Mauna Kea gets new telescope today
By Peter Sur
HILO — Mauna Kea's newest, smallest telescope should reach the summit today.
A flatbed truck carrying Hoku Kea was scheduled to leave Hilo early this morning for the three-hour trip to the site of the former University of Hawaii-Hilo 24-inch telescope.
Then, after workers uncrate the telescope, a large crane will hoist the two major parts, one at a time, into the observatory dome, weather permitting. Final assembly will take place within the telescope enclosure.
"If the winds are high, we'll postpone," said principal investigator Bill Heacox, who was on the summit yesterday morning overseeing the installation of the telescope's base plate.
There should be no traffic delays caused by the transport of the shipping crates, he said.
Winds are expected to be about 15 to 30 mph today, but because of the unique topography of the summit there's no way of determining in advance how the winds will be at the site. "The only way to really tell is to go ahead and see," he said. "If the winds aren't right we'll go home and come back a day after."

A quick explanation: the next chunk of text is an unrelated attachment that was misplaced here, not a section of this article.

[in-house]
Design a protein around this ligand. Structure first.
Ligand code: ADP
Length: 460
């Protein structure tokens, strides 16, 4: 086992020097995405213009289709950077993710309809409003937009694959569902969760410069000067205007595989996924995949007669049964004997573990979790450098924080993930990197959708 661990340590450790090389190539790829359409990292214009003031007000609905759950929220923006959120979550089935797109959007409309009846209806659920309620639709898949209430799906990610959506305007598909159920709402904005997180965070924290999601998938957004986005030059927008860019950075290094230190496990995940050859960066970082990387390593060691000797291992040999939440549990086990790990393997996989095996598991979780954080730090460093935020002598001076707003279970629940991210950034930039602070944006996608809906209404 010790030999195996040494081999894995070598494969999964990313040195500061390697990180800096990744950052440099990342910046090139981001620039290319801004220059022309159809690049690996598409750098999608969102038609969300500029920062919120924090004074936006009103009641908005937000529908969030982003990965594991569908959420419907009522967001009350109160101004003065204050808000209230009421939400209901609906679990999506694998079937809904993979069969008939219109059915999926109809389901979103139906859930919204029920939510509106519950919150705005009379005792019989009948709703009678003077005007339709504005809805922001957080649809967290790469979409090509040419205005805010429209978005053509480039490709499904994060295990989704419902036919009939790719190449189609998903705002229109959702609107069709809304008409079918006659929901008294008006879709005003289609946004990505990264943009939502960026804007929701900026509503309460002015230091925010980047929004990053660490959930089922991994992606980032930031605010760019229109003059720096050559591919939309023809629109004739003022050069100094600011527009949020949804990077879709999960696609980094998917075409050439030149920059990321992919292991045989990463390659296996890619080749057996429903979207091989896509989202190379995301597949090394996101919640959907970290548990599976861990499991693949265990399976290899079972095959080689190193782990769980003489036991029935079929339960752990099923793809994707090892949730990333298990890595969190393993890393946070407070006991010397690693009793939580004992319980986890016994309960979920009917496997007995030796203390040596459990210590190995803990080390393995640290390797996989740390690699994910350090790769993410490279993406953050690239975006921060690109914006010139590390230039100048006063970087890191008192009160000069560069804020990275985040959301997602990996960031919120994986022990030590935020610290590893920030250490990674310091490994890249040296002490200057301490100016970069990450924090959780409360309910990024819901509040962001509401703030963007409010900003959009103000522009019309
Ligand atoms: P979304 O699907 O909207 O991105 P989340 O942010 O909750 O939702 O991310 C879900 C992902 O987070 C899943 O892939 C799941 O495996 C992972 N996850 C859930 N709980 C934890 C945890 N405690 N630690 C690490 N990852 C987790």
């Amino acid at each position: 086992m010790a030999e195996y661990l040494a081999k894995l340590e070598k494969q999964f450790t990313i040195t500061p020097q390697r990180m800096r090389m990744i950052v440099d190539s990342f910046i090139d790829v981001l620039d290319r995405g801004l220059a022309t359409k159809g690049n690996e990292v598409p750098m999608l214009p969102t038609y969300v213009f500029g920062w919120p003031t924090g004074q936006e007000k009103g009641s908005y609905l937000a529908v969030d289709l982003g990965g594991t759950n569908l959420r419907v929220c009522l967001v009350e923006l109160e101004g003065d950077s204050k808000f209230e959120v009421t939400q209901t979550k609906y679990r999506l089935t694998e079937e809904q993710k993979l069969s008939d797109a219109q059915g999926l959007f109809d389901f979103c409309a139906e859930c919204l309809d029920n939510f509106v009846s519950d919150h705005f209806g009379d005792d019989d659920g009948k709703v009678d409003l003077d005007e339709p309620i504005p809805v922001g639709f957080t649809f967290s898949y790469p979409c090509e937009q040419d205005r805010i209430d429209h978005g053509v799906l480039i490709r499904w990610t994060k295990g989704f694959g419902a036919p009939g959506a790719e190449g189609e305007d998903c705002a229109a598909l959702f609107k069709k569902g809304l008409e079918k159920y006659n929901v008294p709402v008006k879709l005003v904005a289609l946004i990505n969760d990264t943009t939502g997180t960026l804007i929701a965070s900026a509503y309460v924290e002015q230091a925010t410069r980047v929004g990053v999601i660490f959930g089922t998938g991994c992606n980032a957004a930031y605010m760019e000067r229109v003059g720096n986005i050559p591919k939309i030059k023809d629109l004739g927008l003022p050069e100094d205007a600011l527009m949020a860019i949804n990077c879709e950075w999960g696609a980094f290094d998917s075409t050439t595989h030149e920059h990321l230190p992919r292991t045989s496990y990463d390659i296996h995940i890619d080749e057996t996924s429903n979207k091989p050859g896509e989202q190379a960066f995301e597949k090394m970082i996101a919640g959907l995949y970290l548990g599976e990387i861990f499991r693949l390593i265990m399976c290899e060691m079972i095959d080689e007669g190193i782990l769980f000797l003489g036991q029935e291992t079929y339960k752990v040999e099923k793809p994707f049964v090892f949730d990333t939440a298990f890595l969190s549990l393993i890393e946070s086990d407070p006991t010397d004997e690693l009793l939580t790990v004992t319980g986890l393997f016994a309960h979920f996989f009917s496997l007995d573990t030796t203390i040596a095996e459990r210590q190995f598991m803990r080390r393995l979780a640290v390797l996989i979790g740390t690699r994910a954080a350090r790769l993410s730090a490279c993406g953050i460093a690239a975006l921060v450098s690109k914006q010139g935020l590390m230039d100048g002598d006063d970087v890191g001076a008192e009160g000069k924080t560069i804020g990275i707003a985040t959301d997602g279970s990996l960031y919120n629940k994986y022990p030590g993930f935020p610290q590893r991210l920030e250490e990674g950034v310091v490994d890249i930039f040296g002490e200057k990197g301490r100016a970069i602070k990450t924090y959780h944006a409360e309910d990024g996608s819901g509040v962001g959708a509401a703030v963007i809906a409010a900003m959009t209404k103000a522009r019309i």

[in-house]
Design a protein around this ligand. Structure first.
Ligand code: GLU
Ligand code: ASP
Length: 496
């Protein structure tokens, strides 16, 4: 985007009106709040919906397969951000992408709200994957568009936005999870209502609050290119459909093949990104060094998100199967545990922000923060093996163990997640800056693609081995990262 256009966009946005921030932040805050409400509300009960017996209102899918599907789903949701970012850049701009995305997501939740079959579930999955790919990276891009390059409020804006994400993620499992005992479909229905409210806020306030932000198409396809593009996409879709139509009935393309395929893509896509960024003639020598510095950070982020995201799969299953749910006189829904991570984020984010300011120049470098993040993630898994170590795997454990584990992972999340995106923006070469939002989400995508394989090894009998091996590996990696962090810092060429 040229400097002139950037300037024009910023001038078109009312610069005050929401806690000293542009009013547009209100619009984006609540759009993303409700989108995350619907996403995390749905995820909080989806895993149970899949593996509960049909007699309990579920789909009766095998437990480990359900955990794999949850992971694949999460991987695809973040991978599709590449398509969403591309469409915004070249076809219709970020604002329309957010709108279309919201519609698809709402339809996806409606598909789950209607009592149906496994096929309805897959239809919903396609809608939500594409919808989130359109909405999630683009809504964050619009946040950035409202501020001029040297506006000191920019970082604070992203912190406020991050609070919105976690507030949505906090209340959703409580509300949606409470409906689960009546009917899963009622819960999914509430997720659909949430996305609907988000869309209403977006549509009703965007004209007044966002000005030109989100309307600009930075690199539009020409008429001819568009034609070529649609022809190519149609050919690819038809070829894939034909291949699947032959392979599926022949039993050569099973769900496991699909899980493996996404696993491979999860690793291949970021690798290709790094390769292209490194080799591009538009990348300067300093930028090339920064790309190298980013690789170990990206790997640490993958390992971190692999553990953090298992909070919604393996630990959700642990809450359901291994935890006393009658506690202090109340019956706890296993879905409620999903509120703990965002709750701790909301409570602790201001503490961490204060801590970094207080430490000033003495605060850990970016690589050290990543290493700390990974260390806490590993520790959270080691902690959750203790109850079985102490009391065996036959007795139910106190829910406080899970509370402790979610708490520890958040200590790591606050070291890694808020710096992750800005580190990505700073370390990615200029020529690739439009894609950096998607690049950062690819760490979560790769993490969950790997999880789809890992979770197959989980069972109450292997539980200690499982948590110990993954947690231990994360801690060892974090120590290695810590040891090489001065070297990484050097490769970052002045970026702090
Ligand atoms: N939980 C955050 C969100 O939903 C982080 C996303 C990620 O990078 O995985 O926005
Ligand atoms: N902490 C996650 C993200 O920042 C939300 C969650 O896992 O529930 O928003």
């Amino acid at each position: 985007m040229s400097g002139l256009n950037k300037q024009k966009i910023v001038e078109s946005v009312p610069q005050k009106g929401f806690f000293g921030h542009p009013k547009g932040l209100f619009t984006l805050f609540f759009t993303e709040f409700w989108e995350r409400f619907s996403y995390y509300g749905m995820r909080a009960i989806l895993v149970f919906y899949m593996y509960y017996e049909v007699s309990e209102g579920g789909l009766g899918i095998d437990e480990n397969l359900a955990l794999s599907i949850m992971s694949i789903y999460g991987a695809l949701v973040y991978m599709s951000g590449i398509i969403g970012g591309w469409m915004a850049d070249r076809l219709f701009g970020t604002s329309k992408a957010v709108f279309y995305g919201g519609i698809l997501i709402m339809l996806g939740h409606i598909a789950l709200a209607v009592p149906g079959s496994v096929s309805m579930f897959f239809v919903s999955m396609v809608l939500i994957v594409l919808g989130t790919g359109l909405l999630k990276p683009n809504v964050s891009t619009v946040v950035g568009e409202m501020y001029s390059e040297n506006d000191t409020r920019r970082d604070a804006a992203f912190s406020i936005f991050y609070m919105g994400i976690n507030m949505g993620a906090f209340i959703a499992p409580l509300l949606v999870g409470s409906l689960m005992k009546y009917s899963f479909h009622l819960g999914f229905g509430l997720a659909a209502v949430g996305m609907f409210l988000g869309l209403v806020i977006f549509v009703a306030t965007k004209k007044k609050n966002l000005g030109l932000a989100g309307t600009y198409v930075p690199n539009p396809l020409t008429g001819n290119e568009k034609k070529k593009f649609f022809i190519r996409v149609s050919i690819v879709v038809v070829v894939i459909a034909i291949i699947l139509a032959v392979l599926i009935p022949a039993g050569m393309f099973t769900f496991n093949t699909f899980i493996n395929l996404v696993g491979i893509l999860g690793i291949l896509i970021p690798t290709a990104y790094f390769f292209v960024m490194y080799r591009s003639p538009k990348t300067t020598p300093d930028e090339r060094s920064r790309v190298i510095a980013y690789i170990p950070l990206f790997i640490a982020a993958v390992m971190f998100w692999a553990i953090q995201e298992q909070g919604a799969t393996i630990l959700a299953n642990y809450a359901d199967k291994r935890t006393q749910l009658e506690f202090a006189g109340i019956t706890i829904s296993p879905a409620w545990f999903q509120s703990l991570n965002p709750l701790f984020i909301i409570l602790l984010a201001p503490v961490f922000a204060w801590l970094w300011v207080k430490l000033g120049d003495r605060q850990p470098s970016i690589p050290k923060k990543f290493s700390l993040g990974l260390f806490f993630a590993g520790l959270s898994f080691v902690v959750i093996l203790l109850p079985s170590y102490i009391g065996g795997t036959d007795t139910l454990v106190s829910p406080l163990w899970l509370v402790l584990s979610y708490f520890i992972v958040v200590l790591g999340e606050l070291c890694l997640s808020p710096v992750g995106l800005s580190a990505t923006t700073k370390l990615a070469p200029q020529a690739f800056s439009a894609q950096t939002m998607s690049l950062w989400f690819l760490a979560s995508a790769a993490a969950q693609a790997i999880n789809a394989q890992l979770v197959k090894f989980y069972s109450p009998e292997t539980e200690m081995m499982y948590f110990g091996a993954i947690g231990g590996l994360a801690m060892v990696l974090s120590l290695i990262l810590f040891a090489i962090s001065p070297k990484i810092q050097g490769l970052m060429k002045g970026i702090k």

The telescope is now in two major parts, Heacox said — the base and the tube that holds the 36-inch main mirror. Fully assembled and pointed straight up, it stands 18 feet tall, with about a foot of clearance beneath the new dome.
Testing will take about a month, and if everything checks out UH-Hilo will take ownership of the telescope from manufacturer Equinox Interscience.
Hoku Kea, named after the Hawaiian name for the Southern Cross constellation, has a primary mirror 3 feet across, replacing the obsolete 2-foot diameter mirror in the previous telescope.
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